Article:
A major insurer is threatening to leave the state’s Medicaid managed care program if Illinois can’t figure out how to pay it — a move that could force 235,000 Illinois residents to get new coverage.
Aetna Better Health of Illinois President Laurie Brubaker said in a court filing last week that the state owes the insurer $698 million.
Brubaker wrote at the time that if the state did not pass a budget by July 1 to stabilize the program and pay Aetna that money “Aetna Better Health may be left with no choice” but to file a notice of its intent to terminate its contracts with the state on or before Dec. 31.
Aetna spokeswoman T.J. Crawford confirmed in an email Thursday that the insurer has filed that notice. She noted, however, that the company still hopes it ultimately won’t have to pull out of the program. State lawmakers passed a budget late Thursday afternoon. Afterward, Crawford declined to comment on whether Aetna would reconsider its position.
Brubaker wrote in the court filing that the insurer hoped that terminations wouldn’t be necessary in the end, either because the state would pass a budget that addressed the issue or because the state would be able to comply with a recent court order.
Late last month, a federal judge ordered the state to start paying $293 million toward Medicaid bills each month in addition to another $1 billion over the next year. The judge’s ruling came after lawyers representing Medicaid patients and attorneys for the state couldn’t agree on how to start paying $3 billion owed to health care providers.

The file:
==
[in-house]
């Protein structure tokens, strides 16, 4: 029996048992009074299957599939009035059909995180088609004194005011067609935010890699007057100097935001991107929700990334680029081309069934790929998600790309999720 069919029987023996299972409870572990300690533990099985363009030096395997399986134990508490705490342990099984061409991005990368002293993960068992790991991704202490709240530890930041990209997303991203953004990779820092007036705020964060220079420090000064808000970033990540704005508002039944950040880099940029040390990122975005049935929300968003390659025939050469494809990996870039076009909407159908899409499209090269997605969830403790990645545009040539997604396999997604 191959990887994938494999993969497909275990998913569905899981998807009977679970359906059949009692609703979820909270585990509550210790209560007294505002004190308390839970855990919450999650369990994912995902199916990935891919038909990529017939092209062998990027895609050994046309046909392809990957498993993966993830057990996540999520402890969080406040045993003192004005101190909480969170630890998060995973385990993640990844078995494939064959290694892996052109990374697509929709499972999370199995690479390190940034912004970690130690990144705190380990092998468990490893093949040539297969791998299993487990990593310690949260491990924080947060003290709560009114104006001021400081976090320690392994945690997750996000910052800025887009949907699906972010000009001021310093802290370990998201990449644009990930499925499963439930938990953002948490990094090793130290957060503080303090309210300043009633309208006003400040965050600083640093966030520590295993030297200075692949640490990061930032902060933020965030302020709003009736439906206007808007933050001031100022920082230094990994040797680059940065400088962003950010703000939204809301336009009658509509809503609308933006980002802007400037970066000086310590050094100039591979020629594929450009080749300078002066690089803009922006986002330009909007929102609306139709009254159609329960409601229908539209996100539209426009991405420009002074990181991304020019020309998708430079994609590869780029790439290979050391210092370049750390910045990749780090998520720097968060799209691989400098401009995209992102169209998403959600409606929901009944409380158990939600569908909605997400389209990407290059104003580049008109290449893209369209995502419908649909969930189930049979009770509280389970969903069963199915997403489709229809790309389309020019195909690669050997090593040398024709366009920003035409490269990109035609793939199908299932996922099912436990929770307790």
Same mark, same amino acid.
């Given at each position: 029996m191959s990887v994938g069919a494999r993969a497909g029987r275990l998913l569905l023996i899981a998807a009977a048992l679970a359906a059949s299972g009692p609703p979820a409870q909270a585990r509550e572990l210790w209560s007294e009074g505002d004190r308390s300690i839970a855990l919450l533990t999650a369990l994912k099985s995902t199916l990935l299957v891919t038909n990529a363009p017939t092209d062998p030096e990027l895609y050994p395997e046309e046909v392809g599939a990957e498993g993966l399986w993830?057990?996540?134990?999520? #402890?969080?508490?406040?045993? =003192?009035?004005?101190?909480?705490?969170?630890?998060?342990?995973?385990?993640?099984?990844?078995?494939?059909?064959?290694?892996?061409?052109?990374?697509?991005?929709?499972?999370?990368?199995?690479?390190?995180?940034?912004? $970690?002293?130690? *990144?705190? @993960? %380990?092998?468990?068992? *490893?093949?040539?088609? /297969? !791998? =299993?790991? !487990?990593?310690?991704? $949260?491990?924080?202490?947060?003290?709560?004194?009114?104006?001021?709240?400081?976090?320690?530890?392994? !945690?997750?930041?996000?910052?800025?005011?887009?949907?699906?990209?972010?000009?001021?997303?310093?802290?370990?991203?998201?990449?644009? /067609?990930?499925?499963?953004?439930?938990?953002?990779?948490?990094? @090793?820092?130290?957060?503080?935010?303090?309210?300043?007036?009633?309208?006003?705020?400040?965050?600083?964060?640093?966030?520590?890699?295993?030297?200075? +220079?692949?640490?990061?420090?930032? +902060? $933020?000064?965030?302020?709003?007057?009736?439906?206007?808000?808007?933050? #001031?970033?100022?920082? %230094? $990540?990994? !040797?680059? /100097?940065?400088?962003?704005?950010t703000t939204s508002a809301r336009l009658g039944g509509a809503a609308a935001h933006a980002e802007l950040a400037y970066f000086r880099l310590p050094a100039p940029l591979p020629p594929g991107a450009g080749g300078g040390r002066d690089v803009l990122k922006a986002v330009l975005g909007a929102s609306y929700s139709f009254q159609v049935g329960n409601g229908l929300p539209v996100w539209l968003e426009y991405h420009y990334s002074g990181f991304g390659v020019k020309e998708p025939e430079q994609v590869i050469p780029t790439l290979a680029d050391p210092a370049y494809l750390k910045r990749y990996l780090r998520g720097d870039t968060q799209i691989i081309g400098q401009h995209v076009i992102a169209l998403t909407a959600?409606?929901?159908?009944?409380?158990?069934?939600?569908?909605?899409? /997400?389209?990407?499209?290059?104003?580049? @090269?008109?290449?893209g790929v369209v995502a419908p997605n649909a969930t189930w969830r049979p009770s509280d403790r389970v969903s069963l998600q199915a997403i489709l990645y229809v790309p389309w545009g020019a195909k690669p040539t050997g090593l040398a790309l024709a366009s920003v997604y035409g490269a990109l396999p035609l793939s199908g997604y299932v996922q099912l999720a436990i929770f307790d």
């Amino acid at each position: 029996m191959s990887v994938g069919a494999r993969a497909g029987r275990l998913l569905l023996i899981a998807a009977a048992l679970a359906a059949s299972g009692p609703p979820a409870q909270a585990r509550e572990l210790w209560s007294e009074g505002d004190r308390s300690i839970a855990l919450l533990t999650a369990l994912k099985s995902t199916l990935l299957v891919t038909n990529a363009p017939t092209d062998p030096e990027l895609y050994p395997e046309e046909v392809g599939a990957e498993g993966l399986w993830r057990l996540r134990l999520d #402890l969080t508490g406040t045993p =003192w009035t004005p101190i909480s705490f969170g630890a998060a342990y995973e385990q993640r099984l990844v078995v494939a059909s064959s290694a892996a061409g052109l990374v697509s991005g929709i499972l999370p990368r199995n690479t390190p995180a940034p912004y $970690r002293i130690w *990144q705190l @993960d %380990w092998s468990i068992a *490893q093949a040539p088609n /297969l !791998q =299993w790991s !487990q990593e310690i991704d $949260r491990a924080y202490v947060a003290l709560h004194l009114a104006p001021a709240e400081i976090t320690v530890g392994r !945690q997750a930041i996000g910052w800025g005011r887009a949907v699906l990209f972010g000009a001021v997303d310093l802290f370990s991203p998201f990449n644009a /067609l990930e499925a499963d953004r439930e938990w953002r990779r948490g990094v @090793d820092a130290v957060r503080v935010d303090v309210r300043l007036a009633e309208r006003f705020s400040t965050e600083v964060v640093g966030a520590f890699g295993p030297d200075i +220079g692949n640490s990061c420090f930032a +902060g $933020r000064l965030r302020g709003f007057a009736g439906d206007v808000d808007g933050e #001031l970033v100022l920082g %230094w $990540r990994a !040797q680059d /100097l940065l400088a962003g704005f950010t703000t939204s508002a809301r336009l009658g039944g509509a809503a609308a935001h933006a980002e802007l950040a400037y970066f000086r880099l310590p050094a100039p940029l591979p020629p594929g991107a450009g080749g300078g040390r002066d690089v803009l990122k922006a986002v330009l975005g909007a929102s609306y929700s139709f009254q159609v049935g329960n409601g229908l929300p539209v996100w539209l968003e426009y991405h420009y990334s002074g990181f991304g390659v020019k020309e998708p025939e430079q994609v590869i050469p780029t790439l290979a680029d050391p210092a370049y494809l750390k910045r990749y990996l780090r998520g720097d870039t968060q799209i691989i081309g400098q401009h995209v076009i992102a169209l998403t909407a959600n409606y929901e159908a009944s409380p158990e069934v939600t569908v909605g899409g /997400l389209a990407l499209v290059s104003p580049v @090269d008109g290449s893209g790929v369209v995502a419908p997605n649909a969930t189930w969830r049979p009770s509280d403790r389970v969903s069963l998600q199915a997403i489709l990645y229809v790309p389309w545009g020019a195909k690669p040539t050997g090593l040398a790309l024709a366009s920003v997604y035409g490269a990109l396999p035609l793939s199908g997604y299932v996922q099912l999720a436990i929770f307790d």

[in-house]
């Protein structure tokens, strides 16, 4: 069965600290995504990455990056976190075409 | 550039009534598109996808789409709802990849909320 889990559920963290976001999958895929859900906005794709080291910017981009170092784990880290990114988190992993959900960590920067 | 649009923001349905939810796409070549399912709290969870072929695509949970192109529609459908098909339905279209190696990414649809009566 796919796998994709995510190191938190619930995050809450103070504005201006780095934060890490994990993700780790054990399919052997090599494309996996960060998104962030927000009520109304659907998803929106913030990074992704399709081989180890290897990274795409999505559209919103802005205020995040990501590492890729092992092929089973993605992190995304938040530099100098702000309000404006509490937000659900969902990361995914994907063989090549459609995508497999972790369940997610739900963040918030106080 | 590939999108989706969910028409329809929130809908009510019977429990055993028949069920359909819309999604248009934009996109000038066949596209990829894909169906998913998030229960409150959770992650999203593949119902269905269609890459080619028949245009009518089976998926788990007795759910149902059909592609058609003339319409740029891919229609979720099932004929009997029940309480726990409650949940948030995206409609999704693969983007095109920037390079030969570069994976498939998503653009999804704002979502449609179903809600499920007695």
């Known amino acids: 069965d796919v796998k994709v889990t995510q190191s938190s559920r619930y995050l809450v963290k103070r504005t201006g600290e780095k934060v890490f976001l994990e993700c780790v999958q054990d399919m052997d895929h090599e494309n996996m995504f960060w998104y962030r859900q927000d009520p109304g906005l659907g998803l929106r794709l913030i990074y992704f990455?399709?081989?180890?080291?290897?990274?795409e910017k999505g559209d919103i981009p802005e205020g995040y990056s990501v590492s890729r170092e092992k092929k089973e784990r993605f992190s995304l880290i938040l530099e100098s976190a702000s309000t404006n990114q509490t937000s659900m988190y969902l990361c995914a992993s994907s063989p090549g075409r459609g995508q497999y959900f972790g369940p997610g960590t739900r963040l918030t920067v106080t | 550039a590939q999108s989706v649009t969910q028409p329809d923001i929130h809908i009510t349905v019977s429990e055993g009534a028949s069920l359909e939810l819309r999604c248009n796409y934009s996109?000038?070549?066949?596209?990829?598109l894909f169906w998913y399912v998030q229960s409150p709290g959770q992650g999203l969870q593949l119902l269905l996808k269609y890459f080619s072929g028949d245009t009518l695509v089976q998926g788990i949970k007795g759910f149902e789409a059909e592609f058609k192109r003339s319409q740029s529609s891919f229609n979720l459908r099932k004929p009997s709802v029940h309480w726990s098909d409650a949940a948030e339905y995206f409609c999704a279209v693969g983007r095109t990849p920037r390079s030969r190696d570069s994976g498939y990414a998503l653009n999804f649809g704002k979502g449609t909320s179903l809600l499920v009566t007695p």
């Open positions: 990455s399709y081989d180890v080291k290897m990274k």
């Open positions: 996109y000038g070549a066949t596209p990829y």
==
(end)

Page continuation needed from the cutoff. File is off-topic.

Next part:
Aetna Better Health manages care for 235,000 Medicaid beneficiaries in Illinois as part of the state’s Medicaid managed care program in which private insurers administer benefits of Medicaid — a state- and federally funded health insurance program for the poor.
The state is in the midst of an overhaul of its Medicaid managed care program, after Gov. Bruce Rauner announced in February he wanted to narrow the number of private insurers that participate in hopes of streamlining the program and improving health care. Eight of the current 12 participating insurers responded to a request for proposals to participate in the reimagined program. The state has not yet announced which insurers will get to participate.
Aetna Better Health was one of the insurers that submitted a proposal, and Brubaker said that the insurer has not withdrawn that proposal.
Nevertheless, she wrote, Aetna Better Health “must safeguard its interests and position itself to mitigate the mounting financial risk.”